In a recent study performed by the Africa-UCSF HIV/AIDS Stigma Project (2009), stigma was quantitatively measured in five different African countries using a series of surveys completed by people living with HIV and nurses treating HIV patients. The survey asked questions such as “In the past three months, how often did the following event happen because of your HIV status?” and determined the frequency of stigma-related occurrences. The results showed that 64.2% of all HIV infected individuals and 83.7% of nurses reported experiencing one or more HIV stigma events in a period of 3 months in all five African countries. Fortunately, the study also showed that in all five countries, stigma incidents decreased in the HIV infected over the time of the study; however, further study is needed to determine exactly why this is the case.
The most obvious solution for stopping stigma’s affects on the epidemic would be to break the myths and educate the community about disease prevention and availability of treatment. The World Health Organization states, “As HIV/AIDS becomes a disease that can be both prevented and treated, attitudes will change, and denial, stigma and discrimination will rapidly be reduced.” According to a related study conducted in Botswana, “stigmatizing attitudes had lessened three years after the national program providing universal access to treatment was introduced.” However, increased access to treatment will not by any means eliminate the social stigma the HIV infection brings.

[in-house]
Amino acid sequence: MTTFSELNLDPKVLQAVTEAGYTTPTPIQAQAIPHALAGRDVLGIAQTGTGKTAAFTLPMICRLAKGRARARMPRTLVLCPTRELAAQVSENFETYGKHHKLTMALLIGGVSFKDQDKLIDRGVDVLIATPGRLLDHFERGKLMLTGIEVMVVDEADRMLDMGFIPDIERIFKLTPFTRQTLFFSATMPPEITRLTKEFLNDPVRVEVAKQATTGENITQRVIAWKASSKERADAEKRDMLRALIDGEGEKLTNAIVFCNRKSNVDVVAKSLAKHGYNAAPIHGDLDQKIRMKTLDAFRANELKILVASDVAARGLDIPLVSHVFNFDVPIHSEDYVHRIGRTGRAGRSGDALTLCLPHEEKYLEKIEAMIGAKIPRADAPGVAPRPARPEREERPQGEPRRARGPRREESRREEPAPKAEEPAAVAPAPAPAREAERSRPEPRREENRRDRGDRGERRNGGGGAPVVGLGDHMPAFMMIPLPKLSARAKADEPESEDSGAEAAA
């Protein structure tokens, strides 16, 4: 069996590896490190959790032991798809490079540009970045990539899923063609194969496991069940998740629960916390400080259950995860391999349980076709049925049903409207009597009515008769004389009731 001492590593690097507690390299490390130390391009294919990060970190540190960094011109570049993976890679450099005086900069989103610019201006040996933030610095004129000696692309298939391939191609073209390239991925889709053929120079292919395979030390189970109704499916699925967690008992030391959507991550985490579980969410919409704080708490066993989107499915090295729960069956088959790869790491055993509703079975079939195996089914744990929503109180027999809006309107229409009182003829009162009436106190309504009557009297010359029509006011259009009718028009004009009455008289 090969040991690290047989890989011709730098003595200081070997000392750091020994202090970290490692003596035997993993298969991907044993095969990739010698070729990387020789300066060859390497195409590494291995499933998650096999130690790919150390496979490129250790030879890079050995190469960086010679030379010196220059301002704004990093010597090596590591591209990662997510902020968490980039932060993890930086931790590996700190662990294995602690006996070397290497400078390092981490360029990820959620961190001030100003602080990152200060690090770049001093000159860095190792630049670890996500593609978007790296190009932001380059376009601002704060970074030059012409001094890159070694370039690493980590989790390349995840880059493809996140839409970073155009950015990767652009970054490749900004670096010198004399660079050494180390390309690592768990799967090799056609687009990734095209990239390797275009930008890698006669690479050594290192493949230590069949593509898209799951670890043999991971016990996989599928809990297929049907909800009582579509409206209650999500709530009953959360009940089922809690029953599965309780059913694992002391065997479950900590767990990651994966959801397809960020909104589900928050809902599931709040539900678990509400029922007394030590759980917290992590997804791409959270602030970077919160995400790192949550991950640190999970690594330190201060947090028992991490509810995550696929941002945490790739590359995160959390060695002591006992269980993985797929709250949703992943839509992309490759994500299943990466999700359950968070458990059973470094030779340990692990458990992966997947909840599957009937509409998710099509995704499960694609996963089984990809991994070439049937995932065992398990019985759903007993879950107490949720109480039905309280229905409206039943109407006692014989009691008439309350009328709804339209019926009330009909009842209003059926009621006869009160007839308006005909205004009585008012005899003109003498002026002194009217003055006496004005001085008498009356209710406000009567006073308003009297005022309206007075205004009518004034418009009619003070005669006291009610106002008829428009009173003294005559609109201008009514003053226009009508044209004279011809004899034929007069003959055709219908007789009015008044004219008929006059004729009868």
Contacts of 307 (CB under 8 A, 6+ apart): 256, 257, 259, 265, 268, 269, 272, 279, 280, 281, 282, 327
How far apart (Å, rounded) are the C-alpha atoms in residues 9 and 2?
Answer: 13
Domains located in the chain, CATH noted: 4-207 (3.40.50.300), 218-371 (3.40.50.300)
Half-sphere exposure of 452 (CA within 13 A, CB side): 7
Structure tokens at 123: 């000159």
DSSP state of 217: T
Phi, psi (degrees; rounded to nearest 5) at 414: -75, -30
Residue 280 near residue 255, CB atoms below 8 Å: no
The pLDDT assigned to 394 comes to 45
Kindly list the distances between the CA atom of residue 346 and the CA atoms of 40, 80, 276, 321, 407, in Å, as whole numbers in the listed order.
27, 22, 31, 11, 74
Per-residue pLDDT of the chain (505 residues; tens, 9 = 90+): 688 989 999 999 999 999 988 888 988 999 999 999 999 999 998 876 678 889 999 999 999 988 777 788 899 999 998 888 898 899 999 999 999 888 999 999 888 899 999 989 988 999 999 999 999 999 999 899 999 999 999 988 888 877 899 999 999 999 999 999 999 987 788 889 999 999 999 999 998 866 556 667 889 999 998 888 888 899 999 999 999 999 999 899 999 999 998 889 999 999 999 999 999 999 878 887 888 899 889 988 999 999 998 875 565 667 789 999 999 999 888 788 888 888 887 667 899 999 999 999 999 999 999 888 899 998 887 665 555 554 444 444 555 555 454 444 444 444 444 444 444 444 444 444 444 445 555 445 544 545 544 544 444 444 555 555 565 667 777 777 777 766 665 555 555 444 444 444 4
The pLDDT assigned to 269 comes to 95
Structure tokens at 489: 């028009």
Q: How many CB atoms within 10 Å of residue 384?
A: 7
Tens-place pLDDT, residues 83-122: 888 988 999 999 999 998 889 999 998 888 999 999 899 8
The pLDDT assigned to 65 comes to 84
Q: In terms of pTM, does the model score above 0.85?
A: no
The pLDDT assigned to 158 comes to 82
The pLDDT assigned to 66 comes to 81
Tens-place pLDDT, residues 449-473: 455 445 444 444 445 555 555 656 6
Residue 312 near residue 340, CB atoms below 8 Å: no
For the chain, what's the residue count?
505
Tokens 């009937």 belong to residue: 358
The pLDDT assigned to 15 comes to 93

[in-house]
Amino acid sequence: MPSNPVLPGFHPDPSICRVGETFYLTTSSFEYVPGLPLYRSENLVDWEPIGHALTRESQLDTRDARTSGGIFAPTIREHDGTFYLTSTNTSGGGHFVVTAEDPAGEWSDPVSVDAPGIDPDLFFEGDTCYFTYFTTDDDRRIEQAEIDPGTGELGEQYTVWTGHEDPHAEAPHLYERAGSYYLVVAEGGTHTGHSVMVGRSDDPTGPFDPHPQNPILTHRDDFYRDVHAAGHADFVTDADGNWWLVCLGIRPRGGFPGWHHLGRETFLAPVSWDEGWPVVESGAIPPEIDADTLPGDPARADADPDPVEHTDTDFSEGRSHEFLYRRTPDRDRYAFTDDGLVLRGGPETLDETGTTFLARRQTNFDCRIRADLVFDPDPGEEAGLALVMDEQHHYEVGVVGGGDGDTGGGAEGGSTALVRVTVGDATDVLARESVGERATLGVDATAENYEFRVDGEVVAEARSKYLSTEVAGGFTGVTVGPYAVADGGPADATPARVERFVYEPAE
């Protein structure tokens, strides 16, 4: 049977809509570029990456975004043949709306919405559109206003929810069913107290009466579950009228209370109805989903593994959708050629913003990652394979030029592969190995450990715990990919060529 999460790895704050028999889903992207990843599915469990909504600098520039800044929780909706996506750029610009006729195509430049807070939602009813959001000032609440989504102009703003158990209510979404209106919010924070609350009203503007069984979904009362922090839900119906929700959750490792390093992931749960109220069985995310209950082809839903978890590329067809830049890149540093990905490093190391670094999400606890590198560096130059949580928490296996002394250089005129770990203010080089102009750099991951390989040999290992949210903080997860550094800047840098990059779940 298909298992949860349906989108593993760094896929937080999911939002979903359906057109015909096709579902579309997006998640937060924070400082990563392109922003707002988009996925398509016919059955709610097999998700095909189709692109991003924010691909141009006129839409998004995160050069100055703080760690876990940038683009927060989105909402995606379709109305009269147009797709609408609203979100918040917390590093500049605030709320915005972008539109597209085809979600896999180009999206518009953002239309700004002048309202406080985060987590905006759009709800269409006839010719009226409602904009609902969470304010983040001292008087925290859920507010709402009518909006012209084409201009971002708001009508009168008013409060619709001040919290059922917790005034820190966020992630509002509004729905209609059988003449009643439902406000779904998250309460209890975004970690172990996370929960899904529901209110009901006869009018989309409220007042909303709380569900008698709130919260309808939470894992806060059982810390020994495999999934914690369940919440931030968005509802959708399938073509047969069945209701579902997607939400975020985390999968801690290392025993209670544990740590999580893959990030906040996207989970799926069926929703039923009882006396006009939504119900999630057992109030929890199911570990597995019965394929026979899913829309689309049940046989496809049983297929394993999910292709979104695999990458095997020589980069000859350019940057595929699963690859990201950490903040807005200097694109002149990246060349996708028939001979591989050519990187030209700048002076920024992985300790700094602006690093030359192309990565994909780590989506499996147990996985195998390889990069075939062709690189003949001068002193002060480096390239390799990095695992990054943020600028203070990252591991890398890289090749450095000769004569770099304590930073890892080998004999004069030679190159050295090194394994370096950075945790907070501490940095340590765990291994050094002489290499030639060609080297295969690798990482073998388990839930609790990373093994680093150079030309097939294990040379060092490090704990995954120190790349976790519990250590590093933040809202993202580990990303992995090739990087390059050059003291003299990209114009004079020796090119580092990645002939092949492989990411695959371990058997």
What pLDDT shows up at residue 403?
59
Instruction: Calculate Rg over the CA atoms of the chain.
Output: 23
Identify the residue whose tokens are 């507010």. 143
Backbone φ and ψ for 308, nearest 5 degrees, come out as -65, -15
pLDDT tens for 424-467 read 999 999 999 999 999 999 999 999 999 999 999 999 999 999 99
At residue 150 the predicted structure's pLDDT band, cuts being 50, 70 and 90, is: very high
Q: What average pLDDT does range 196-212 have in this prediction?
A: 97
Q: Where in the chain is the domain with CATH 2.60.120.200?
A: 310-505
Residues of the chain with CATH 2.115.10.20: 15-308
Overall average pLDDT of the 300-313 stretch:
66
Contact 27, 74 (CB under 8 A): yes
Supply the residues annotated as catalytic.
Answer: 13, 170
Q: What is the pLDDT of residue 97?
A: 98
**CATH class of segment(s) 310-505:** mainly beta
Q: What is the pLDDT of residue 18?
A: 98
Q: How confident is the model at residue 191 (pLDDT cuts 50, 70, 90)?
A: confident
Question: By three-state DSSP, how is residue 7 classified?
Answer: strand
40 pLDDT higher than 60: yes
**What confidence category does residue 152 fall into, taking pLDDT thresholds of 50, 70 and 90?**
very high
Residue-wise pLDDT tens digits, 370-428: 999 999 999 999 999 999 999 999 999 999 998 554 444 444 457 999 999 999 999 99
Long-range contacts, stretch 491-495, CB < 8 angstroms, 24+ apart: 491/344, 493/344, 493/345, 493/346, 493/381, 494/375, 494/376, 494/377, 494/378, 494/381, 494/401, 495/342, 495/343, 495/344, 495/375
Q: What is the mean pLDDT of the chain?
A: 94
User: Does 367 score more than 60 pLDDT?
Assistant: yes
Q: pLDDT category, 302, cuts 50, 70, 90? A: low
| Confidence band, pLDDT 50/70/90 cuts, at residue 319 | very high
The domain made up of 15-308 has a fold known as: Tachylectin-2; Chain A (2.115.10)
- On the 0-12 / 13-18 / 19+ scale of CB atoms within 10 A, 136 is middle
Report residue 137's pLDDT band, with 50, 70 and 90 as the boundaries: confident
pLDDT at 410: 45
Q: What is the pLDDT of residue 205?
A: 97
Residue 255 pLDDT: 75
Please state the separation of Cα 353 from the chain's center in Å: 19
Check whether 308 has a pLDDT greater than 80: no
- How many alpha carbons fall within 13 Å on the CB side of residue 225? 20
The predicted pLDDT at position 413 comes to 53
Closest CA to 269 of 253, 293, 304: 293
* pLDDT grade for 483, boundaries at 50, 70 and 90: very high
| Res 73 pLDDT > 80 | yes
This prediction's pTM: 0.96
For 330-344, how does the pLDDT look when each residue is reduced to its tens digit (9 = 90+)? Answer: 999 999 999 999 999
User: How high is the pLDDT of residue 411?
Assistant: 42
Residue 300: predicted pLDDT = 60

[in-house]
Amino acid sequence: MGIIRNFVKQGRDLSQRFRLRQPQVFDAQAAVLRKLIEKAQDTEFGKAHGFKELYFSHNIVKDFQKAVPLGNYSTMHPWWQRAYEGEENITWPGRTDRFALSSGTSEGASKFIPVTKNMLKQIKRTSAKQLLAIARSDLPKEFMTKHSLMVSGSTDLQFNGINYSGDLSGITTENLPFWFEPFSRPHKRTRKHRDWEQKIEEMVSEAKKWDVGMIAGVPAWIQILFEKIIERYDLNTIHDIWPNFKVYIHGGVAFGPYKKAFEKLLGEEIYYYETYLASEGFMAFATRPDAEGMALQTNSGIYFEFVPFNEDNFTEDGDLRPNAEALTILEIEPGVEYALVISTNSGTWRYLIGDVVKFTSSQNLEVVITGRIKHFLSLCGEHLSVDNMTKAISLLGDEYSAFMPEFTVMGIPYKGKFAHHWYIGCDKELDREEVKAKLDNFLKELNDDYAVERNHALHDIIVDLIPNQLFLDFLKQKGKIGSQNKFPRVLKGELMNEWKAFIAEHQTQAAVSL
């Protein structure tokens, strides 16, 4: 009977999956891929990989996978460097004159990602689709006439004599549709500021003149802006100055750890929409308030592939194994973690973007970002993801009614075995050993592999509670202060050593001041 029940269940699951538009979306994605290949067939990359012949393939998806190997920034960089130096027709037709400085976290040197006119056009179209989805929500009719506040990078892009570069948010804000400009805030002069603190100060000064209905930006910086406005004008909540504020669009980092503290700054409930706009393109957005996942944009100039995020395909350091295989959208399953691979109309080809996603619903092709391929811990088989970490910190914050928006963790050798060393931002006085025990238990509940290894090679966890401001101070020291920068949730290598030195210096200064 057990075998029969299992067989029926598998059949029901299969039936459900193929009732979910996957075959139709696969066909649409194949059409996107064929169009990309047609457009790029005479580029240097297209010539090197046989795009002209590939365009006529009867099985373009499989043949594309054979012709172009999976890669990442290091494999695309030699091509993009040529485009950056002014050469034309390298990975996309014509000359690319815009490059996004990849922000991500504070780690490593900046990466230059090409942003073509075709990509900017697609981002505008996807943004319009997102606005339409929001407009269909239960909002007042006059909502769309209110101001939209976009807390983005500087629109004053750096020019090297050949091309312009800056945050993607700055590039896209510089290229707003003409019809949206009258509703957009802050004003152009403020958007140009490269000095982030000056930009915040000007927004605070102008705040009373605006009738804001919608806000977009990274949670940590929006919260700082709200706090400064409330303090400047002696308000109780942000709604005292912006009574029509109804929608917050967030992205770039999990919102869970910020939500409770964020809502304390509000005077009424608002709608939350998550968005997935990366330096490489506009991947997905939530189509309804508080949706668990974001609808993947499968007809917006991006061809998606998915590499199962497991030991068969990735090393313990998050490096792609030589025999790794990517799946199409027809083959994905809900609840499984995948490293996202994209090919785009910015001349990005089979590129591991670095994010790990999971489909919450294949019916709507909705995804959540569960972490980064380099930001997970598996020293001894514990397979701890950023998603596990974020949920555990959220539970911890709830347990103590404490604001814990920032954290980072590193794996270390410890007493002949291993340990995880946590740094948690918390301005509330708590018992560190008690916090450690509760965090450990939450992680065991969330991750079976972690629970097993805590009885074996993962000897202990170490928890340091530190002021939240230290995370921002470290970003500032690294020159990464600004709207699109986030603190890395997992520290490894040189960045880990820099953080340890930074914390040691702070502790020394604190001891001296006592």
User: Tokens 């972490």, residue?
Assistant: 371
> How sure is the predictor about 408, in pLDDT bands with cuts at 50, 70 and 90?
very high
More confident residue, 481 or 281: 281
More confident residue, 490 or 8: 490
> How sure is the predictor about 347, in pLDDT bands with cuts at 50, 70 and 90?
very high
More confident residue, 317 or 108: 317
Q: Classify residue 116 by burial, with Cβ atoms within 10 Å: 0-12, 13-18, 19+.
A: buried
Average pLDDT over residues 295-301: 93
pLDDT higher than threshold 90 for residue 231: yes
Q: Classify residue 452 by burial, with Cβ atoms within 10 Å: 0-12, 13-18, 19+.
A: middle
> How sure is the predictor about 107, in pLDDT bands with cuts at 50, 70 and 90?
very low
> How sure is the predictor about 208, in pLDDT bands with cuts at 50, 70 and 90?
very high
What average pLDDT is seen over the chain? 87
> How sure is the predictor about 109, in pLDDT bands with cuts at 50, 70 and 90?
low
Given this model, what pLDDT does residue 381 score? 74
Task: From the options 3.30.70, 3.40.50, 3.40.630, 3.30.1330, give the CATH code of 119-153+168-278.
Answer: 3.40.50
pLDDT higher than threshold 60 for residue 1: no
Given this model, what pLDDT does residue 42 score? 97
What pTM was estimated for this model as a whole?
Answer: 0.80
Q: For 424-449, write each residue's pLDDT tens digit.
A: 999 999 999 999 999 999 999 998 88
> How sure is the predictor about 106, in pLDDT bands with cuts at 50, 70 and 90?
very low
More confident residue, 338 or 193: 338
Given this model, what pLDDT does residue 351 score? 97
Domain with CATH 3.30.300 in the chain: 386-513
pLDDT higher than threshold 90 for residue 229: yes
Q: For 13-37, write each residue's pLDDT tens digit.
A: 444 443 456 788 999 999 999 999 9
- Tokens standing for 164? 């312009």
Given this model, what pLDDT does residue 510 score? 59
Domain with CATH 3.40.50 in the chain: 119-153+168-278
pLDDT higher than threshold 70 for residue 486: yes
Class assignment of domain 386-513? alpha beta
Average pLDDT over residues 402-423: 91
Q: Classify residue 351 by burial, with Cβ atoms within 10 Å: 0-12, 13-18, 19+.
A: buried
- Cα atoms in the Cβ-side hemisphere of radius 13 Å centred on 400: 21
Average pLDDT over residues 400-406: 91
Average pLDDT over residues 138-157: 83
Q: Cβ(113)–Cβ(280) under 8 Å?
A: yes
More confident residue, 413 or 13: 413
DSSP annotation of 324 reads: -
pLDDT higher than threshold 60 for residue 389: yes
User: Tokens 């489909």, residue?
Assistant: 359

To address the social stigma, countries are creatively promoting awareness of the ability to live a normal life even with HIV/AIDS. The documentary Miss HIV depicts the true stories of everyday citizens in Sub-Saharan Africa who are battling stigma in unique ways. In Botswana, the Miss HIV Stigma-Free beauty pageant strives to show the community that women with HIV are still human beings and should be treated with respect. In Uganda, college students rally together in order to break the stigma surrounding sexual abstinence, as well as to collect interviews from people that that have chosen to publicly admit their HIV positive status and encourage those infected to get medicine as soon as possible. The winner of the Miss HIV Stigma-Free beauty pageant, Ms. Ntsepe proclaims, “I’m going around the country to talk to people to say that (being) an HIV positive person does not mean you have done something wrong. You are still who you are.”
Getting rid of social stigma in Sub-Saharan Africa may seem like impossibility, but it can be done. Ban Ki Moon believes, “We can fight stigma. Enlightened laws and policies are key. But it begins with openness, the courage to speak out.” HIV education and awareness needs promotion so that people will seek treatment, get tested, and take measures toward HIV prevention. Once myths are destroyed, fear is eliminated, and the “mark of disgrace or infamy” erased, the HIV epidemic will be one giant step closer to elimination.
Michelle Tsui is a first year intended public health major planning to pursue the fields of epidemiology and infectious disease. In her free time she loves reading, outdoor activities, and playing board games with friends.